He went on to float the idea of whether a computer could be given a separate legal personality. “While at first blush, that may sound far-fetched, there is no reason in principle why the law cannot create such personality”: the separate legal personality of a “one-person” company had been recognised in English law since 1897, and in Bumper Development Corporation v Metropolitan Police Commissioner [1991] 1 WLR 1362, “it has recognised the separate legal personality in Indian law of a ruined temple which was little more than a pile of stones”.

Humans in the process

While Mitchell accepts that there is a respectable tradition of arguing that you should accord AI systems a form of legal personality, he believes there are problems with this analysis. “Ultimately a human or corporation is going to have to carry the can or underwrite. Even with AI systems there will always be a human involved somewhere.” 

Various proposals have been put forward to impose strict liability on the creators and/or operators of a system where a connection is proved between operation of the system and someone’s loss, without proof of performance less than can be reasonably expected from the system, even though present product liability systems do demand proof that the product fell short of expected standards. But that, Mitchell points out, would be to set a standard of perfection. “Also, how far down the chain do you go? Compulsory insurance has been suggested, but you might have a teenager somewhere abroad contributing lines to an open source software program that they have no idea will be used as a component in an AI system. At a moral and ethical level they have no knowledge of what they are contributing to.”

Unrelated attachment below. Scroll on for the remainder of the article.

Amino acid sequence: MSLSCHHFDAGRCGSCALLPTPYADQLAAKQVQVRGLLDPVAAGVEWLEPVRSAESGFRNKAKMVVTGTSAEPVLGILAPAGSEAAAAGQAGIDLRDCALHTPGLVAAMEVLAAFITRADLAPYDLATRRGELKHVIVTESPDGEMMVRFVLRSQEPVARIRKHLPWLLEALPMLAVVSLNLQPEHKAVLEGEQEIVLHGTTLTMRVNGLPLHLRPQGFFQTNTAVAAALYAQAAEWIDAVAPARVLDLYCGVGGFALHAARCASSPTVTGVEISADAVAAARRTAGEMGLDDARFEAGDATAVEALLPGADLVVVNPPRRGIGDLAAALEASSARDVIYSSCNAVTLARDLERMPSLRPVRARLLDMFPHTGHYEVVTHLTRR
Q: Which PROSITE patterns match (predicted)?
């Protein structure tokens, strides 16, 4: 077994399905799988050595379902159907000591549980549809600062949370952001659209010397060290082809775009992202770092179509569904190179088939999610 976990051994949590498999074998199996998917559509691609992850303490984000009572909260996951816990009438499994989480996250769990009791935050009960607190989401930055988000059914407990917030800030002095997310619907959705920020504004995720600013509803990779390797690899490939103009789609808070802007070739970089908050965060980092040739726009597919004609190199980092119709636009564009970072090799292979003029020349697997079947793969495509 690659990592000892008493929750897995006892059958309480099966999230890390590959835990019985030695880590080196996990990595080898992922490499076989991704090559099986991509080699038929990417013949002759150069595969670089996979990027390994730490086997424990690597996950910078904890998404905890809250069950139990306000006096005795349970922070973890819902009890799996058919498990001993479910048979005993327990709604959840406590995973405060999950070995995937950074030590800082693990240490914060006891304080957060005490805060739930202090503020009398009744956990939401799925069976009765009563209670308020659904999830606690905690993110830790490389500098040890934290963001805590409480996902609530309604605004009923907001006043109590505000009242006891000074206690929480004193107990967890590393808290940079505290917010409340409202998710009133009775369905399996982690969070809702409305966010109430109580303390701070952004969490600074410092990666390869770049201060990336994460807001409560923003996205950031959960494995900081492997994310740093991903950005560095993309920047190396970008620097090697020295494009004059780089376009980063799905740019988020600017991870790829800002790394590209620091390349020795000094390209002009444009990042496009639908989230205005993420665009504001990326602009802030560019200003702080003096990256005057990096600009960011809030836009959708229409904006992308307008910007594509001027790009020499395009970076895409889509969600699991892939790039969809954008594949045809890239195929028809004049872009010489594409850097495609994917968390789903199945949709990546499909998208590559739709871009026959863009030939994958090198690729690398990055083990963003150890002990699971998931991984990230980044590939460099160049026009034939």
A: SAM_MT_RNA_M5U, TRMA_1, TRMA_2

Yet the biggest operations, including much of Google’s system, can be built on open source software. “Gone are the days for the most part when we just download software, an entire program, and it just sits on our computer. So from an economic point of view it’s perfectly possible, and indeed it’s very common now, to have these services developed and delivered on the basis of open source software. The whole Android operating system is actually open source,” Mitchell points out.

Limits of the common law?

Hodge speaks of “fundamentally important questions of legal policy [to which] the common law does not provide any ready-made answers... it is not practicable to develop the common law through case law to create a suitable legal regime for fintech”. Yet Mitchell does not altogether discount its ability to devise solutions. “Personally I have the view that there is nothing new under the sun, and because we have this new situation doesn’t necessarily mean we need his new law of legal personality. It means that one has to carefully develop and adapt the law to cover the new situations. 

“If a person is injured by a self-driving car, we are talking about damages for being hit by a vehicle, and in one sense that’s nothing to do with AI. But of course you have to ask how you make the well developed principles of reparation fit with the new technology and the new way of doing things. I’m fairly confident the common law is capable of developing that, with a little help from the legislature, but it may just be going too far to invent a whole new category of vehicle person. It might be taking a sledgehammer to crack a nut.”